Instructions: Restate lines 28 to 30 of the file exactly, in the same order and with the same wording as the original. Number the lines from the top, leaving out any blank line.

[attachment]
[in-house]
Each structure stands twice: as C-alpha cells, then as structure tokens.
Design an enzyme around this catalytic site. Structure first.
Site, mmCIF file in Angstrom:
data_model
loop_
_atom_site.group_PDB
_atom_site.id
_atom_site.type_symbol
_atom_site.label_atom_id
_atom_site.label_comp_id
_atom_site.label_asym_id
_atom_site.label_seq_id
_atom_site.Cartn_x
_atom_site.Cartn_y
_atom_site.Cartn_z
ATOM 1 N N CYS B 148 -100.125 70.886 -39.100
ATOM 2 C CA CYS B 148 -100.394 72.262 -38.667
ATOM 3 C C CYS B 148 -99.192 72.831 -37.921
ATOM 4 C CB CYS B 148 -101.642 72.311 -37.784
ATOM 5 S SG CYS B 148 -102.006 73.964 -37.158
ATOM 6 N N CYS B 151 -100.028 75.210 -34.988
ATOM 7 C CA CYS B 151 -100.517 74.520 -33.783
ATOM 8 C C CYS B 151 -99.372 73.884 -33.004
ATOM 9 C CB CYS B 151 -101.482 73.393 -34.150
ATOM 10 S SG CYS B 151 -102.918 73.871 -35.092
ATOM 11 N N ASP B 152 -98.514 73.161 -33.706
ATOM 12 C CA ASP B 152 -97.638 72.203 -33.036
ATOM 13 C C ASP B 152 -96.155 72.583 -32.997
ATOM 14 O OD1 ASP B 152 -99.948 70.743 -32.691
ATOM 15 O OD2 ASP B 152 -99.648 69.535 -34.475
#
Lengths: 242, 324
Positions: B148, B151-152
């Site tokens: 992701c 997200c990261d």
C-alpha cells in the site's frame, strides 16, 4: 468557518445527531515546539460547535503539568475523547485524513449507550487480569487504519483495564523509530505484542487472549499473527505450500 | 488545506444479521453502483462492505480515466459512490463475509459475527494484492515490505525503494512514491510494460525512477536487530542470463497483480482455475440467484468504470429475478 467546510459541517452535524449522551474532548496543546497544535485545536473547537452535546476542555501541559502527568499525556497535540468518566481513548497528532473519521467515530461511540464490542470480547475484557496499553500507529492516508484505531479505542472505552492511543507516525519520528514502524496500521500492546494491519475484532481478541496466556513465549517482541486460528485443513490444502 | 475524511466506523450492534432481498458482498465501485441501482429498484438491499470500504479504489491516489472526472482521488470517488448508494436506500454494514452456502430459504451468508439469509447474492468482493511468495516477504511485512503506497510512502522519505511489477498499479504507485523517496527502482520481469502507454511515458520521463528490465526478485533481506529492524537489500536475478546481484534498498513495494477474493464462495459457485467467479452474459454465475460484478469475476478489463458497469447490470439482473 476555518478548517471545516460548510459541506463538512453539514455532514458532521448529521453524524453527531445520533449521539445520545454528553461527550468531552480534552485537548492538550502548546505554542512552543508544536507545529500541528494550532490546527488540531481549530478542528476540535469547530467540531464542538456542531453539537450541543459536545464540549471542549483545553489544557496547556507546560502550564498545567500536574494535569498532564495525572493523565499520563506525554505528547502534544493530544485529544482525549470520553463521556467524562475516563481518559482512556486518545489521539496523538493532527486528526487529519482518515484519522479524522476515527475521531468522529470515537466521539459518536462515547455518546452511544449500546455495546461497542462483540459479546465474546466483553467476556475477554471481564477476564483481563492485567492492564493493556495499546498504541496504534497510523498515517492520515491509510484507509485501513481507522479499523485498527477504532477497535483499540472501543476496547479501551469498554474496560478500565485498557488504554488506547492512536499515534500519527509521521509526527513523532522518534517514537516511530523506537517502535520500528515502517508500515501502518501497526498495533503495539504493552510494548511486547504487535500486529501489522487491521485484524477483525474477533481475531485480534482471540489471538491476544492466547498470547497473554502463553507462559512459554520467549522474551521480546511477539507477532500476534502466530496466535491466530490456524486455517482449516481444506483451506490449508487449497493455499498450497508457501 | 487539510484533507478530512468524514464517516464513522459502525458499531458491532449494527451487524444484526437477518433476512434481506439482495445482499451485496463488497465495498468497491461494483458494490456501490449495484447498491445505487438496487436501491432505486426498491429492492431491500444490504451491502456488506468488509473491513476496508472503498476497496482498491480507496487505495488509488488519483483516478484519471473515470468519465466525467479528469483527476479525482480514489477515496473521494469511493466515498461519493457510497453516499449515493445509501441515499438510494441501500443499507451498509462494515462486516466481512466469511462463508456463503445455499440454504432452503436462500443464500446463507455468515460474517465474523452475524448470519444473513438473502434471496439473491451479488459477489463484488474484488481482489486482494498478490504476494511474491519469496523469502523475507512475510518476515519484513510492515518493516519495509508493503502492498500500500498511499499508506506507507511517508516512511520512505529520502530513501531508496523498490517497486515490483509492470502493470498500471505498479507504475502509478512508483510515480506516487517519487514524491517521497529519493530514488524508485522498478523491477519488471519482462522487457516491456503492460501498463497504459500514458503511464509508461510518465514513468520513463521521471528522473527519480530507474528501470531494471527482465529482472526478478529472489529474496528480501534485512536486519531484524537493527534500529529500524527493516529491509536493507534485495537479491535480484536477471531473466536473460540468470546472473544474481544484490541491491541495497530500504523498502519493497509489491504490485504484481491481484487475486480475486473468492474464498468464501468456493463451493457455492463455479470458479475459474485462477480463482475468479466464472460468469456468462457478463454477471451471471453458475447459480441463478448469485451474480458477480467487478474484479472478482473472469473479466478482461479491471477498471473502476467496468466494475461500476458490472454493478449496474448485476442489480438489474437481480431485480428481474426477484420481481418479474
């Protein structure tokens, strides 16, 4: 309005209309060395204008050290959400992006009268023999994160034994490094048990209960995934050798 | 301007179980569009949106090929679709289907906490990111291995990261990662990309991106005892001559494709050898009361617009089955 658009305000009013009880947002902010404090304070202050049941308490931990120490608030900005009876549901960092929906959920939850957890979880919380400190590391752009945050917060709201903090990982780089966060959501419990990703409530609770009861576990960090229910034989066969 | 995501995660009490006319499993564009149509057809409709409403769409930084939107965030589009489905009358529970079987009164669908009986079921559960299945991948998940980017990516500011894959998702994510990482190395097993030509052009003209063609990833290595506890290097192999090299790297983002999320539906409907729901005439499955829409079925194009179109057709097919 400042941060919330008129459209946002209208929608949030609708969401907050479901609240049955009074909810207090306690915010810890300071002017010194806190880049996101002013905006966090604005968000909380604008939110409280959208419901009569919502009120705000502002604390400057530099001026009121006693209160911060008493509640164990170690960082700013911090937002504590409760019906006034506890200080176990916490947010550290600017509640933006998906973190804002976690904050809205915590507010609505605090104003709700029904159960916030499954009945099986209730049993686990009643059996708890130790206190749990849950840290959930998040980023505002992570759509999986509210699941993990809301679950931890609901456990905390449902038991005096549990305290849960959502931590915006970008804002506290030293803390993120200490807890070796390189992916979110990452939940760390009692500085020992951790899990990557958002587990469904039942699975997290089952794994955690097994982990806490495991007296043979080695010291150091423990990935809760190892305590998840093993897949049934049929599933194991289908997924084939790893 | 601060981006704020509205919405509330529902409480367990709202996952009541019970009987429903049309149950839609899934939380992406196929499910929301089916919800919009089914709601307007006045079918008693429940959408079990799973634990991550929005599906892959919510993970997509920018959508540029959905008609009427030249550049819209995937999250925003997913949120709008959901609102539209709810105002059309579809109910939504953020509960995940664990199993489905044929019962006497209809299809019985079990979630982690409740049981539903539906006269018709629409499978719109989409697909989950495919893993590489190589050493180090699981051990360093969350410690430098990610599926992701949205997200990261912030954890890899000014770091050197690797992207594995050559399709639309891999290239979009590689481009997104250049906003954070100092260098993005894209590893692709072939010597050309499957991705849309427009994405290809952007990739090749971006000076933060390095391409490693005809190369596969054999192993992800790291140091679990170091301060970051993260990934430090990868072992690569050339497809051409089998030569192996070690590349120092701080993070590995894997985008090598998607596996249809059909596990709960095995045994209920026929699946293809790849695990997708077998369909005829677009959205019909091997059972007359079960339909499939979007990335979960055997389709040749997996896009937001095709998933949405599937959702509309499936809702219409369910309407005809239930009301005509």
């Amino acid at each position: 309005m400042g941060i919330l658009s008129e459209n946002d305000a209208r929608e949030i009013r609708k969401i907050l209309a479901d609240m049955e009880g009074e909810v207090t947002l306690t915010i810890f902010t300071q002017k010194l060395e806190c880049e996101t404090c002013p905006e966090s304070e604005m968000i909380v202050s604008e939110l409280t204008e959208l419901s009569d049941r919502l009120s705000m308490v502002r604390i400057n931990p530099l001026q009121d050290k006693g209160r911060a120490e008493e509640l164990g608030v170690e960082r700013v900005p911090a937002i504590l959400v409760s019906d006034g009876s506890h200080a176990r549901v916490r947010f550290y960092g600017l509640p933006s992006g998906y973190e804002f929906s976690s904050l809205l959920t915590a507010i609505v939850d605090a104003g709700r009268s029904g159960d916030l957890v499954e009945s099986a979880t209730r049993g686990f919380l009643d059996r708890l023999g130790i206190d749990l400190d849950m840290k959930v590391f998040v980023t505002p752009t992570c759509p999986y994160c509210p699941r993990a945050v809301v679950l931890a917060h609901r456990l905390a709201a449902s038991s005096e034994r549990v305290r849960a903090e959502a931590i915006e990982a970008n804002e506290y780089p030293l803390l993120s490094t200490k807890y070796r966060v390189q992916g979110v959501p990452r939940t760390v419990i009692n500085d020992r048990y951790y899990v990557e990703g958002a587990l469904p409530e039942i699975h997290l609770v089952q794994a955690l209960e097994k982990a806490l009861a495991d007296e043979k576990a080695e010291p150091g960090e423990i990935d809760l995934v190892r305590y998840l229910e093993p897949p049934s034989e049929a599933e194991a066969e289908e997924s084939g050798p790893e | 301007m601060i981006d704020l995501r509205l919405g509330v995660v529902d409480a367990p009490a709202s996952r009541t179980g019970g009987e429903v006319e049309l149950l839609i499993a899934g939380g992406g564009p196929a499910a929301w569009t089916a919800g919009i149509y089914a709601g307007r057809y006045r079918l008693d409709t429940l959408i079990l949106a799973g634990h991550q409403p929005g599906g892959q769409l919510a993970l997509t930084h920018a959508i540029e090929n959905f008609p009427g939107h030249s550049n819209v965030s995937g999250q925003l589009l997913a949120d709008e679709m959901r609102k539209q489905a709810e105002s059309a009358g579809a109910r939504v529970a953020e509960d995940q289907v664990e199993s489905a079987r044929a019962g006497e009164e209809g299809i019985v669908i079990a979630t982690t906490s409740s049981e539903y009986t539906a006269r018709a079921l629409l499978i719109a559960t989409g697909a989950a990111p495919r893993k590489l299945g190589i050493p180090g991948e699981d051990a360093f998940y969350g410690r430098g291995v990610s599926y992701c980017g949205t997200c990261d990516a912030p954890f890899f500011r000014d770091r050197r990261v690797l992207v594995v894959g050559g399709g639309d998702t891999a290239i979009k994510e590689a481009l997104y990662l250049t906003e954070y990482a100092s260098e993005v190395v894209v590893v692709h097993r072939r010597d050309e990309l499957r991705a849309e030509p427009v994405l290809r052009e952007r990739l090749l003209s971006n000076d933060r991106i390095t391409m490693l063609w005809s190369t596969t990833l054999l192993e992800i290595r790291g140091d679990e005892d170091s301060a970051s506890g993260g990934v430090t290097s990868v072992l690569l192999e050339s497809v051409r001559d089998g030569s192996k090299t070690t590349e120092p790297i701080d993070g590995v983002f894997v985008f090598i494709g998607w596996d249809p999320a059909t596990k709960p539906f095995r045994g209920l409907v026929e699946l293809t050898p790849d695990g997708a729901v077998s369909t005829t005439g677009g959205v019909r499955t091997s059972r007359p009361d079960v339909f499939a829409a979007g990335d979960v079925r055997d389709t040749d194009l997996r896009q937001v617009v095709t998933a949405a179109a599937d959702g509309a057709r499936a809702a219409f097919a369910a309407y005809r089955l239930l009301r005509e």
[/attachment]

ATOM 12 C CA ASP B 152 -97.638 72.203 -33.036
ATOM 13 C C ASP B 152 -96.155 72.583 -32.997
ATOM 14 O OD1 ASP B 152 -99.948 70.743 -32.691